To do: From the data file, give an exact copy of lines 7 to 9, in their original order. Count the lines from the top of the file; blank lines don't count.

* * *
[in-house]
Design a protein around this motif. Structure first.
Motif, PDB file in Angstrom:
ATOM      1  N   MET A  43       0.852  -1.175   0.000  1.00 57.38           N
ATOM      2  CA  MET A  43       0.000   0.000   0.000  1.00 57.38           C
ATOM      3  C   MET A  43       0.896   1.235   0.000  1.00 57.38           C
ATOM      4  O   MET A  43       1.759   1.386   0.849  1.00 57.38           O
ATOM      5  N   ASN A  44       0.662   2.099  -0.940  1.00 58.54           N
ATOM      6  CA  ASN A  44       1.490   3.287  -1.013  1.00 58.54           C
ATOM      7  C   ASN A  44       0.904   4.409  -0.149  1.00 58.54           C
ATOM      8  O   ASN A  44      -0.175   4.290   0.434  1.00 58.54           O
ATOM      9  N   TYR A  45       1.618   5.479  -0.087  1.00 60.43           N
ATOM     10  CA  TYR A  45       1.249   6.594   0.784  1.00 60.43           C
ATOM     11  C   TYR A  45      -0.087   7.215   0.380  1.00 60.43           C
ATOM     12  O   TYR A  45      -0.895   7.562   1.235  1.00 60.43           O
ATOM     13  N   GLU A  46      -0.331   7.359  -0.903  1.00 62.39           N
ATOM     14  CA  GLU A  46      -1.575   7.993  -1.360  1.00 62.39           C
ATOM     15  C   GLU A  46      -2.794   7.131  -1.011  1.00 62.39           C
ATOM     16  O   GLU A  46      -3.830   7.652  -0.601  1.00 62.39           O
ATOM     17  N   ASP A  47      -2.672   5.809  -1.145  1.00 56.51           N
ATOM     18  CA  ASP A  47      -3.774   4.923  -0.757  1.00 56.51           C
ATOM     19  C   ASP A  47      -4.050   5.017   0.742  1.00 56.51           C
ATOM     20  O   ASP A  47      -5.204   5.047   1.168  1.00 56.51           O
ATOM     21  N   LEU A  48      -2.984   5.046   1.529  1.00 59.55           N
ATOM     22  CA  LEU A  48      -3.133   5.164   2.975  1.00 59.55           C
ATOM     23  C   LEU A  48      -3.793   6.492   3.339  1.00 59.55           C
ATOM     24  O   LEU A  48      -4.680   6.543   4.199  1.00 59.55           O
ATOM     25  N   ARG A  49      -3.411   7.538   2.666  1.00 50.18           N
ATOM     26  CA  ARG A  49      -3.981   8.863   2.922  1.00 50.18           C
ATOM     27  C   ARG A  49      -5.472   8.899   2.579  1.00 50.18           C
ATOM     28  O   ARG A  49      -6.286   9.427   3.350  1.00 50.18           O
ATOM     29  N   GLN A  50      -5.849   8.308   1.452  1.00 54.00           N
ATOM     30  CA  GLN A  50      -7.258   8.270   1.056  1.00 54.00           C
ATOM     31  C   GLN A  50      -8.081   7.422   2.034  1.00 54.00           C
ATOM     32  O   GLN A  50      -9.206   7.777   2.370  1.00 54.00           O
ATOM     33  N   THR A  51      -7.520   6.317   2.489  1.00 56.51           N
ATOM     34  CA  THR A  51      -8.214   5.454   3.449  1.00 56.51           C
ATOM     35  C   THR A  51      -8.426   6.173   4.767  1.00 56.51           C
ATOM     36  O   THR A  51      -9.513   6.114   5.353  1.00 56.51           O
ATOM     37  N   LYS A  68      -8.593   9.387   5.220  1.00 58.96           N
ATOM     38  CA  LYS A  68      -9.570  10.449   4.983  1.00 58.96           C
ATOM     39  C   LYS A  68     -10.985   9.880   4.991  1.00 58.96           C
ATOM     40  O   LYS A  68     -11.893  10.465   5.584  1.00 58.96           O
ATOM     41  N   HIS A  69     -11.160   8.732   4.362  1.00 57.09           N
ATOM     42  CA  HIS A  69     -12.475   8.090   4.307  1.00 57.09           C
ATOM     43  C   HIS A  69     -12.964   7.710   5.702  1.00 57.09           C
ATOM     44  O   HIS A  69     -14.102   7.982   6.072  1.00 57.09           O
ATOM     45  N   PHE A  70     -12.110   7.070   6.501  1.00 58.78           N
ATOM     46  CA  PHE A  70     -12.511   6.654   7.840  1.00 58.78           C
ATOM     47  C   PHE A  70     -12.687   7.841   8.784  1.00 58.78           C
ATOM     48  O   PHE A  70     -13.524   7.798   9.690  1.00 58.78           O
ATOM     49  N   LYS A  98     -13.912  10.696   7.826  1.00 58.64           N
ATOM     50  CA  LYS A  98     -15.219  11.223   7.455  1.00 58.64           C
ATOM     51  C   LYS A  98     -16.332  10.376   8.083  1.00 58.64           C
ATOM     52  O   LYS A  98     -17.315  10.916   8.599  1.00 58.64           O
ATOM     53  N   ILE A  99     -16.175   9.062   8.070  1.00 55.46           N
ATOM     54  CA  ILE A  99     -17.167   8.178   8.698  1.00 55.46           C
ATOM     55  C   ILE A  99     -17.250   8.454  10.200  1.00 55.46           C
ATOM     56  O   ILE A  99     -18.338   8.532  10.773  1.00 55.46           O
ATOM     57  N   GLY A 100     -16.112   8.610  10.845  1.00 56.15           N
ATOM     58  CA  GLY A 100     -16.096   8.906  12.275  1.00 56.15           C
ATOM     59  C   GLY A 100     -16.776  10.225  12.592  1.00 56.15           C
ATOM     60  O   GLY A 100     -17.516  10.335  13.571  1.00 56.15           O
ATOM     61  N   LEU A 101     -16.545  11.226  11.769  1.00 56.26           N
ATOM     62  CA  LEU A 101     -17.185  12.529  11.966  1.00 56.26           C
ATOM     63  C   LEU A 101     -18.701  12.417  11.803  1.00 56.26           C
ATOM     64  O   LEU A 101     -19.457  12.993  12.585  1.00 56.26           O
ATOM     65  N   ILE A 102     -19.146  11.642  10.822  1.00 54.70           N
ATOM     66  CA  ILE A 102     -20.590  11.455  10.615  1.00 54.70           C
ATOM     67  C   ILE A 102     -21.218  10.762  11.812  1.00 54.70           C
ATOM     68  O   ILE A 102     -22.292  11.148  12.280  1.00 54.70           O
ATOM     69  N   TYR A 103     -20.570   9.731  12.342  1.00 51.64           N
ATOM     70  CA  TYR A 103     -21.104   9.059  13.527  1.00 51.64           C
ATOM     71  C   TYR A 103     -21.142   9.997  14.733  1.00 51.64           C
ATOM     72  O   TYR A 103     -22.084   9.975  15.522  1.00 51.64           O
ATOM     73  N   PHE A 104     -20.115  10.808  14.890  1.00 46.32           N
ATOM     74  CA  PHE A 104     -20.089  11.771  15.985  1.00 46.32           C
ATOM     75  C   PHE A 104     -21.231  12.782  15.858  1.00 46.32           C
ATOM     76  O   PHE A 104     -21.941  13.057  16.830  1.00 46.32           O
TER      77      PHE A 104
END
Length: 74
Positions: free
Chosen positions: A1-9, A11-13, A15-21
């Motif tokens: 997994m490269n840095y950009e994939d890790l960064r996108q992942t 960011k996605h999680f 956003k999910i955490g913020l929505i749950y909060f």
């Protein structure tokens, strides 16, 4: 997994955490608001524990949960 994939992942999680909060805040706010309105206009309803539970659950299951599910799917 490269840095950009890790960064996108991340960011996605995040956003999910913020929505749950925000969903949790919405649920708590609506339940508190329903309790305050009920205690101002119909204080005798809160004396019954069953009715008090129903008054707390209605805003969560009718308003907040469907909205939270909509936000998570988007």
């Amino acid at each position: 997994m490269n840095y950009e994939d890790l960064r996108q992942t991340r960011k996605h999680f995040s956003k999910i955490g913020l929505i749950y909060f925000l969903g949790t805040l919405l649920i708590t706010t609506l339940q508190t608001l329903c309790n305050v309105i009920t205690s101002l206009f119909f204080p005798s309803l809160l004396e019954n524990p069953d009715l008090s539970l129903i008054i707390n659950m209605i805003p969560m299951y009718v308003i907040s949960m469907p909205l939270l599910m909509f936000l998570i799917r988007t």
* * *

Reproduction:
ATOM      4  O   MET A  43       1.759   1.386   0.849  1.00 57.38           O
ATOM      5  N   ASN A  44       0.662   2.099  -0.940  1.00 58.54           N
ATOM      6  CA  ASN A  44       1.490   3.287  -1.013  1.00 58.54           C